Saturday, 31 January 2015

SOURCE - HENDRIX ALVA WELLS (1866-1972)

Bible of Alva Wells;

Obit of Alva Wells;

Personal knowledge of Alva Wells;

Personal knowledge of Ruth C Seymour Wells and Mary Ellen Wells Millis;

Obituary

Alva Wells, son of Matthew C. Wells and Mary Ann Canaday, was born in

Melrose township, Clark County, Illinois on January 8, 1886. He passed away

September 22, 1972, at his home in Melrose Township, aged 86 years, 8 months,

and 14 days.

On October 1, 1910, he was united in marriage to Ruth Seymour. To this

union three children were born, Mary Ellen Millis, Maurice S., and Myron W.

Myron preceded him in death in the service of his country in World War II,

August 22, 1944. He is survived by his companion of almost 62 years, two

children and 10 grandchildren and 22 great grandchildren; also one sister, Mrs.

Fairy Phillippi of Martinsville, Illinois.

Alva was born, lived and died on the same farm.

He will be remembered by his love of poetry and his ability to recite it

from memory.

He was converted, accepting the Lord Jesus Christ, as his Saviour, was

baptized and united with the Wesley Chapel Methodist Church, remaining a

faithful member until his death. He loved his sheep, as long as he was able to

care for them and now the Great Shepherd has called him home. We will all miss

him, but memories of him are very precious.

Memo from Maurice Wells, 1 Jan 1998

It must have been about 1933 or 34 when almost all of the boys in our

neighborhood had the mumps. Now I am not sure which one of us brought them

home and exposed the rest - but it was a rather severe" strain of the mumps we

had and without exception we all had 'serious' relapses.

I can remember the Sunday as if it were yesterday when Myron and I were in two separate bed s in the bed room just off of our living room, and we were

experiencing the agony of the disease. Our father and mother were in the

sitting room and Ed Artman came for a visit. Ed's widowed sister, Laura

Olmstead, was living with her two daughters and son, Willis, in the "Busby"

house just a short distance north of Ed's. Ed had to help them quite a lot as the economy wa s severe then. Willis was older than the rest of us boys and was courting Alice Baker who wa s living with her grandparents a few miles North. To finance the purchase of his gasoline h e had been stealing and selling chickens from some of the neighbors. As is always the case h e was caught and sent to the penal farm for punishment. The bed room door was open so we cou ld plainly hear every word uttered in the other room. Ed told my father that he believed i f they would combine forces they could get a parole for Willis. Now one must remember that E d and my father were life long neighbors and friends as well as distant cousins. My father' s reply was "Ed, if that were either of my boys, I would not ask you for any help since the y are old enough to know right from wrong, they would have to take their punishment." Needles s to say, that made a lasting impression on me.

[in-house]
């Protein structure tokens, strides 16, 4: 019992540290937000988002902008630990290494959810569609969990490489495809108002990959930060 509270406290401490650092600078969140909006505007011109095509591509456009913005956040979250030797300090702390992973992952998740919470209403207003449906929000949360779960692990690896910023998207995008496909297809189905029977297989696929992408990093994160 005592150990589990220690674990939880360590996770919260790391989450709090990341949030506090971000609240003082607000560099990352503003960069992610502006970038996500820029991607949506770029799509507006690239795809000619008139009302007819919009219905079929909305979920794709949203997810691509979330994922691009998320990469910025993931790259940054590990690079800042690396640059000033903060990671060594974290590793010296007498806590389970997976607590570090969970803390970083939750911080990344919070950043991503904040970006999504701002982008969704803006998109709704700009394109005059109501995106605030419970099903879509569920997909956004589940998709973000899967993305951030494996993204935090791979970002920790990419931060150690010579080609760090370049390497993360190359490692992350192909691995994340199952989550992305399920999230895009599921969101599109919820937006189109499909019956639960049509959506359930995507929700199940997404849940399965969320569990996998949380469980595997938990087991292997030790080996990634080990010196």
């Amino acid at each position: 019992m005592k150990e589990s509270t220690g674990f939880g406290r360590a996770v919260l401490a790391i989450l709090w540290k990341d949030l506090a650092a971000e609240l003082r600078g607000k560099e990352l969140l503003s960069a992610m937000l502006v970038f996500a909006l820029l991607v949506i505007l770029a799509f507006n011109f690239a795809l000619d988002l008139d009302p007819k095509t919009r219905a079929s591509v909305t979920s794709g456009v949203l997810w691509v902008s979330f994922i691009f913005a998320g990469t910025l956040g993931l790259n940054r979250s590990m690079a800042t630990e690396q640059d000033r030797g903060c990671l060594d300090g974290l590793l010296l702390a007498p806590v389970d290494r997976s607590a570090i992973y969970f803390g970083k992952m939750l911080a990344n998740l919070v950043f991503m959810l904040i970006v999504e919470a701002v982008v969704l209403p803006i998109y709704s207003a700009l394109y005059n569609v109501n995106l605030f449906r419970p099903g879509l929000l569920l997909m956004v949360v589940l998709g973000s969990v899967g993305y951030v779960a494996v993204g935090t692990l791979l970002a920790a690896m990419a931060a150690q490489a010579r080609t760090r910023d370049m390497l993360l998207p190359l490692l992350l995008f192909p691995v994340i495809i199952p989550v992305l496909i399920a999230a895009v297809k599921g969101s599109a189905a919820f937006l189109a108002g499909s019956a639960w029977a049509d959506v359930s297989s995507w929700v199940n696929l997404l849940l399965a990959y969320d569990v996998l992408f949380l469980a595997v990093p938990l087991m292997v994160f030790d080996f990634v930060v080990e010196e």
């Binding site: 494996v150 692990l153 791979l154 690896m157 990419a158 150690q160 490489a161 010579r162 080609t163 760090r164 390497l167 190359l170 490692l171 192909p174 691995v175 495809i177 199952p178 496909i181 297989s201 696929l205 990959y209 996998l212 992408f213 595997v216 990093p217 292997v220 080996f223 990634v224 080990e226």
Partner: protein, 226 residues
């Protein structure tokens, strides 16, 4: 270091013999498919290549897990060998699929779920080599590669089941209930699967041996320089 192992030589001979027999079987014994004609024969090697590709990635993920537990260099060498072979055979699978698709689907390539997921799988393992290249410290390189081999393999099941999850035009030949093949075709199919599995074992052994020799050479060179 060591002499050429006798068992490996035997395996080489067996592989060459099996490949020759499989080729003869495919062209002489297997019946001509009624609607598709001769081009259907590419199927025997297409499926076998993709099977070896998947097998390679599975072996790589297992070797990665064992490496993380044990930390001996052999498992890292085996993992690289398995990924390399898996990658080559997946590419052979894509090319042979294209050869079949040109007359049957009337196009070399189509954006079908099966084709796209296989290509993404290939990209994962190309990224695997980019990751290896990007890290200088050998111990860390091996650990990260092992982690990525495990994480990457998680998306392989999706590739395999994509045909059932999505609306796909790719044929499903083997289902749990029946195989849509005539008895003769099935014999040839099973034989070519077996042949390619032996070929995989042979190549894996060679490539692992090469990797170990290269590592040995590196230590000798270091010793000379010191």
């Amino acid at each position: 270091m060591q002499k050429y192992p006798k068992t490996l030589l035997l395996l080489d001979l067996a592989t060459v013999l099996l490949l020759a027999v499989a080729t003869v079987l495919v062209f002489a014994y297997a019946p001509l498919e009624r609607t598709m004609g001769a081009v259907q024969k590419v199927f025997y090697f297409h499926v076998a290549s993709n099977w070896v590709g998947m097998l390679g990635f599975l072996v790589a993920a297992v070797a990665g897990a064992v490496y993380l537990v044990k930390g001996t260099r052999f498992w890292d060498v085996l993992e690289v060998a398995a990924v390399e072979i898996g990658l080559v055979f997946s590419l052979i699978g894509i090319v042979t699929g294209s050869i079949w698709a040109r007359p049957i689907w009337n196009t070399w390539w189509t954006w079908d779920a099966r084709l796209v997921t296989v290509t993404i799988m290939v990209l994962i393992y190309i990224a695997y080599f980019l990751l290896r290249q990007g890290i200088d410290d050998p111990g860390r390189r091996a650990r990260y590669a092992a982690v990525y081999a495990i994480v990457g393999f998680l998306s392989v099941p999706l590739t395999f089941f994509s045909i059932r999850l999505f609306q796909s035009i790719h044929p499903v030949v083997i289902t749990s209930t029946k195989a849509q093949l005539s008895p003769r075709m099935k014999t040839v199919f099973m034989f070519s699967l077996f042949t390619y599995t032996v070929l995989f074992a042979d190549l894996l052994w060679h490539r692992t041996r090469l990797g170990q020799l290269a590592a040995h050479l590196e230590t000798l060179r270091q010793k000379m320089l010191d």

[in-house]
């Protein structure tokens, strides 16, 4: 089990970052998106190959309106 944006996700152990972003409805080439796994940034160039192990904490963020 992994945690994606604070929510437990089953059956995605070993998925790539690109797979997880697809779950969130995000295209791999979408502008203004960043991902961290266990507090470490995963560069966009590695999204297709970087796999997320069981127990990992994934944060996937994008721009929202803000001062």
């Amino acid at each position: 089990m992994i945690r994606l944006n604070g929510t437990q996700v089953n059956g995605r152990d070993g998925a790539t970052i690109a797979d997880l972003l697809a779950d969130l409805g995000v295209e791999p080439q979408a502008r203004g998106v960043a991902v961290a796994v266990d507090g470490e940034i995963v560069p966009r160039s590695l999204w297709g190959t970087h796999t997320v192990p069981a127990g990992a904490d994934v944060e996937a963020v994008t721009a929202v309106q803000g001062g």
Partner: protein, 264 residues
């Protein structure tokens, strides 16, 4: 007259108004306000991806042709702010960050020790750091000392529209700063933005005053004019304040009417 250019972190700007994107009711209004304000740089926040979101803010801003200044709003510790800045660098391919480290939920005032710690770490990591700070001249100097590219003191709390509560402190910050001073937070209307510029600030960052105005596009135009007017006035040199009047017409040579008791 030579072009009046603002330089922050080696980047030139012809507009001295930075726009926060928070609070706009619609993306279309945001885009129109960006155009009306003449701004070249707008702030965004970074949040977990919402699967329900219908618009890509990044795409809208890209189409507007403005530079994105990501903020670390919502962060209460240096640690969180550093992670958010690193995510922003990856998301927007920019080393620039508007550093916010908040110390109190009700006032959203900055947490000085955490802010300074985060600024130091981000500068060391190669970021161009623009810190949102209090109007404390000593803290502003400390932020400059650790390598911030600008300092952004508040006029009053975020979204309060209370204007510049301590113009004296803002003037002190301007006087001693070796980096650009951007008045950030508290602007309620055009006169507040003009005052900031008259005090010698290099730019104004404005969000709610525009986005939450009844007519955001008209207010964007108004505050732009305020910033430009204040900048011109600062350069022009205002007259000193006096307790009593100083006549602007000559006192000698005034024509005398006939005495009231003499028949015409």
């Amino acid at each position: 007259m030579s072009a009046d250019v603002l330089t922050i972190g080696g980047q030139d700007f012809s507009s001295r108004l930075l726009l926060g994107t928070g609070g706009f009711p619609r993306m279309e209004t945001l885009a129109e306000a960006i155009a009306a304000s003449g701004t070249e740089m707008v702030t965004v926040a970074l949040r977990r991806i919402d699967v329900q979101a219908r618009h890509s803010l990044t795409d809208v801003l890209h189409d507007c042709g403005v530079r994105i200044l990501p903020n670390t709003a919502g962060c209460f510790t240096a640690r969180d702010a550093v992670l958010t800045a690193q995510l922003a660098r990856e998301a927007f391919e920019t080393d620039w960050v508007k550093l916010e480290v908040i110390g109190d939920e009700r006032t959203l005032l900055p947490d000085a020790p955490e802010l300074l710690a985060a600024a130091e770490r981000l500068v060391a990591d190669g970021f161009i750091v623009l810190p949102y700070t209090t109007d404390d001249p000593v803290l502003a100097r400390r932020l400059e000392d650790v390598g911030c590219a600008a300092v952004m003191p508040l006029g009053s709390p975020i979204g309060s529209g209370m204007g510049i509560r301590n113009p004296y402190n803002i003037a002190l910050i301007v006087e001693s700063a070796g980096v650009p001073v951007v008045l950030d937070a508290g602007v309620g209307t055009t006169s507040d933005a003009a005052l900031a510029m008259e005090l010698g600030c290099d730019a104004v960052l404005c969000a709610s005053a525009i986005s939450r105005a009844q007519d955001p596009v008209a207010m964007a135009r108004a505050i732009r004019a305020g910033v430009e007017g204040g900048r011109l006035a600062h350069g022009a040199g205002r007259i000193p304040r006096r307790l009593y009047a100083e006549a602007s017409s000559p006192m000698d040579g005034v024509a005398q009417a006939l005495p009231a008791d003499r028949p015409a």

Story from Uncle Maurice:

A long time ago you asked me for a story about my father, Alva Wells. No doubt you have hear d this one many times, but here goes anyway!!

Back in the first decade of this century, when things moved at a much slower pace than they d o now, Alva would drive his horse and buggy to Richland County to "court" his wife, Ruth Seym our. One particular weekend, he was returning from a Saturday and Sunday spent at her home . It was early Monday morning, so to be somewhat rested when he got home, he loosely tied th e reins to the dash board of the buggy and let his "trusty" horse come home while Alva slept . When they got to the South end of the Cox road the horse turned that corner too "short" an d tore down a mail box!!

Alva just went on home and got a new post, post hole digger, and other tools and returned t o the mail box. He set a new post and fastened the mail box in place, then came back home . He got home in time for breakfast and time to go to the field to work!!

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